Afternoon is also scheduled for an excursion to Chimi Lhakhang. Situated on a hillock in the centre of the valley, this temple is dedicated to Lama Drukpa Kuenley, who in the late 15th century used humour, songs and outrageous behaviour to dramatise his teachings and due to this also known as ‘Divine Madman’. This temple is also known as the temple of fertility. It is widely believed that couples who do not have children and wanting one, if they pray at this temple, they are usually blessed with a child very soon. It is about 30 minute walk across field from the road to the temple. The trail leads across rice fields to the tiny settlement of Pana, meaning ‘field’. It then follows a tiny stream downhill to Yoaka and across more fields before making a short climb to Chimi Lhakhang.
Overnight at the hotel in Punakha
Rafting from : Punakha Dzong to : Wangduephodrang
Distance : 11 kilometers
River days : 1 day ( 4 to 5 hours on the water )
Closest point : Punakha Dzong
Season : Throughout the year
This section of the Puna Sang Chhu has little in the way of white water but offers some potential as a float trip to link Punakha Dzong with Wangdue rather than going by road. The river flows through a wide valley and gives an opportunity to leisurely view a wide variety of bird life and the surrounding villages.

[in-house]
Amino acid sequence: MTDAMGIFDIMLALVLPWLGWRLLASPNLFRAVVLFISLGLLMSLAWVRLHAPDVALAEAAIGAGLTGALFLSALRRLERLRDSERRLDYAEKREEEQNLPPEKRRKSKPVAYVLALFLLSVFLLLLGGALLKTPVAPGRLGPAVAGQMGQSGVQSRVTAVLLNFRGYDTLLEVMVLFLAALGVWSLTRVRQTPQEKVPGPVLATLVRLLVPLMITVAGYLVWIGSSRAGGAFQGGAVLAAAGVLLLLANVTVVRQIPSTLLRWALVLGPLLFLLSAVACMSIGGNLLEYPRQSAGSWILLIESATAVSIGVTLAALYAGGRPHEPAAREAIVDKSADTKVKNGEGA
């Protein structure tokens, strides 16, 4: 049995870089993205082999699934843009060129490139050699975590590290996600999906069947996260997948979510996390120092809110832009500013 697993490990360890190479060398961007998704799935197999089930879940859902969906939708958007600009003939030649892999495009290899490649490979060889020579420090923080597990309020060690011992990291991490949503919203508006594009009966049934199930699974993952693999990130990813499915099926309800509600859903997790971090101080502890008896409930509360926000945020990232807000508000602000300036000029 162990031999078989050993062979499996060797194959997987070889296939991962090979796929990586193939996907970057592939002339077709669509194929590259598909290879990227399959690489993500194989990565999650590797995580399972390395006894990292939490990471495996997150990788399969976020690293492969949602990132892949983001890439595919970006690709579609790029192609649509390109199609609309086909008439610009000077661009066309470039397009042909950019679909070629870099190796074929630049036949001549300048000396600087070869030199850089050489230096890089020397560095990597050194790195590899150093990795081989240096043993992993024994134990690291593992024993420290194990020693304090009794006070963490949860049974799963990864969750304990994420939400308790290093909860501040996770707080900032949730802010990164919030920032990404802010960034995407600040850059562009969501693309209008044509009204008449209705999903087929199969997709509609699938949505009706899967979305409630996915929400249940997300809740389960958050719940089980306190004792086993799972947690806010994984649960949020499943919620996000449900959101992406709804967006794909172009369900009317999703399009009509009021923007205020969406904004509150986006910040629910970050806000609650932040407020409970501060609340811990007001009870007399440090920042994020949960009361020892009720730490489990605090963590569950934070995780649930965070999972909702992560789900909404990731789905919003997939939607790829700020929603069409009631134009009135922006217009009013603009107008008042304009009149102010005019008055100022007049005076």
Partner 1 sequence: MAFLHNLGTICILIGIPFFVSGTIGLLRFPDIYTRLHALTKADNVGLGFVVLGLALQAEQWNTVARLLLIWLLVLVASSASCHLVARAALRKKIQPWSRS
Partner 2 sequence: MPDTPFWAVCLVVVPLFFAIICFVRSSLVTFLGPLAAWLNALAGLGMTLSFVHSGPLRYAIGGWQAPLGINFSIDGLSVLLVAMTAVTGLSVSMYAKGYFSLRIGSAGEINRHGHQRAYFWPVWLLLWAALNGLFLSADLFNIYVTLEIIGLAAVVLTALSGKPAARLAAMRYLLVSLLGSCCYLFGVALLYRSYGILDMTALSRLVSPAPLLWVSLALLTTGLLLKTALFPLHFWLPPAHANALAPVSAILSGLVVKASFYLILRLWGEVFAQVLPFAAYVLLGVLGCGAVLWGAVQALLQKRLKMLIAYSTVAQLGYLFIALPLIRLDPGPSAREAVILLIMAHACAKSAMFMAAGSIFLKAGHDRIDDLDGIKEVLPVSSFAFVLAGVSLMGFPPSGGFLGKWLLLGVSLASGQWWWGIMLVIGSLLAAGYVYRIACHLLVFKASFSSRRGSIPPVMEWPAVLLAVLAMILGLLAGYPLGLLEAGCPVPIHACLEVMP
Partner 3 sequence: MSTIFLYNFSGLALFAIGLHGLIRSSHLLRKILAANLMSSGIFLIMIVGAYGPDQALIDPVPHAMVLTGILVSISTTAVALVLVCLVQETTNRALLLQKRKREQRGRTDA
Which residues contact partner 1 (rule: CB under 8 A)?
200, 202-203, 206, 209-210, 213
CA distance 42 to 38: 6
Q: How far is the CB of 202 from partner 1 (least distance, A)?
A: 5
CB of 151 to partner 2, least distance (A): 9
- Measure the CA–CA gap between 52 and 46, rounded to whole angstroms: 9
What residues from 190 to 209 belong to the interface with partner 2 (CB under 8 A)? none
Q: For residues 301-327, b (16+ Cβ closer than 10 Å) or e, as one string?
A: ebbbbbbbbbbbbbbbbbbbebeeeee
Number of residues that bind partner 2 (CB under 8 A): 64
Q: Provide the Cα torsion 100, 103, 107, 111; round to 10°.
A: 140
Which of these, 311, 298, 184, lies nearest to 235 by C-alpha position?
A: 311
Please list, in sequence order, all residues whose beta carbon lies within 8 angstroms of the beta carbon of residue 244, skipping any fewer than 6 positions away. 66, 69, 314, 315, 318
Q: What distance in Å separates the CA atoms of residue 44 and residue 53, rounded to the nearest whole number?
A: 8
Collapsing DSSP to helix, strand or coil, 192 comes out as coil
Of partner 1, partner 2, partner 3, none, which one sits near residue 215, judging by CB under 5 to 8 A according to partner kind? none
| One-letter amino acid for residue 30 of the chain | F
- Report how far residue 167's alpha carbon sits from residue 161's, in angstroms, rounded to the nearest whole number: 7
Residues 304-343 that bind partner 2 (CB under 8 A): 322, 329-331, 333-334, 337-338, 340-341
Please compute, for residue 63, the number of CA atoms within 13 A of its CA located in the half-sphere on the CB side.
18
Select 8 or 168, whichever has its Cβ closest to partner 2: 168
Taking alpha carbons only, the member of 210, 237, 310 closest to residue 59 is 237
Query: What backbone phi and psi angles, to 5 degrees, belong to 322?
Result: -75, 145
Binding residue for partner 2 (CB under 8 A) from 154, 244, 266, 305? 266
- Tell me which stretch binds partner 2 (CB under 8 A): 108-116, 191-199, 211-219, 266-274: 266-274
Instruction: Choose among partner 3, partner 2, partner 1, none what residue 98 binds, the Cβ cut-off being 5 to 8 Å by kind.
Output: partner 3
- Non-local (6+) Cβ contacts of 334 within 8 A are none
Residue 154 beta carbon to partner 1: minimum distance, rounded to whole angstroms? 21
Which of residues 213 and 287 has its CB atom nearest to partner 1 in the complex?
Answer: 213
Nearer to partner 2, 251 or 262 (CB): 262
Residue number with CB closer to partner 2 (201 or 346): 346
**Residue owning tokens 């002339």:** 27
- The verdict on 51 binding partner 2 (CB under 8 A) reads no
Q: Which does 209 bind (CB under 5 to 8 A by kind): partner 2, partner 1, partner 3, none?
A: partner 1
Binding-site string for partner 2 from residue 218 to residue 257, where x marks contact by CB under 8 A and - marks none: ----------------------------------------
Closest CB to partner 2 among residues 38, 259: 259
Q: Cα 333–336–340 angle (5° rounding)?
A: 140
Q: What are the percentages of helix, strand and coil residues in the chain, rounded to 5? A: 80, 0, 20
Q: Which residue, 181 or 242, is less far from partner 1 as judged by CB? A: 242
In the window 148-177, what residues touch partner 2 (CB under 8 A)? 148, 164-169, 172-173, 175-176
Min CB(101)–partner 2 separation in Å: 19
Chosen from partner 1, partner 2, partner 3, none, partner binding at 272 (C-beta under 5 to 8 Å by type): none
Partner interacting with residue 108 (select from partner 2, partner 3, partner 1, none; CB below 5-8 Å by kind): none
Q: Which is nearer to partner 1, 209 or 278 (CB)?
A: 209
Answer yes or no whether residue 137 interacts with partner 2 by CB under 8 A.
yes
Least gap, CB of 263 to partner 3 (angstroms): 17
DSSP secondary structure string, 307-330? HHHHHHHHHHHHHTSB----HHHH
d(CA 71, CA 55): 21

Evening explore newly developed Wangduephodrang town.
Overnight at the hotel in Punakha.
Rafting from : Rimchhu Chhu to : Punakha Dzong
Distance : 8 kilometers
River days : 1 day ( four to five hours river time )
Closest point : From Punakha Dzong, 45 minutes by dirt road
Best season : Oct to May
For the intermediate / advanced kayaker or for rafters , the lower Mo Chhu is a wonderful river in a splendid setting. Small farms with terraced rice and wheat crops are scattered amongst lush forest. Paddling down to Punakha Dzong is a trip straight out of a fairy tale, passing along the spectacular Yebesa Nunnery.
Evening visit to Sangchhen Dorji Lhuendrup Lhakhang (nunnery). Perched on a ridge amid pine trees and overlooking valleys of Punakha and Wangduephodrang, gleams the magnificent structures of Sangchhen Dorji Lhuendrup Lhakhang(Temple). The temple houses a 14-foot main bronze statue of Avalokiteshvara (Chenrigzig chagtong chentong). Other statues include those of Guru Padmasambawa, Gautama Buddha, Zhabdrung Ngawang Namgyel, Tsela Namsum, the 21 Taras and Tsepamay (Buddha of longevity). The Avalokiteshvara statue, one of the biggest in the country, was the handiwork of entirely local Bhutanese artisans. The temple complex also houses a permanent higher learning and meditation centre for nuns where, apart from religious trainings, it provides life skill training such as tailoring, embroidery, statue making and thangka painting.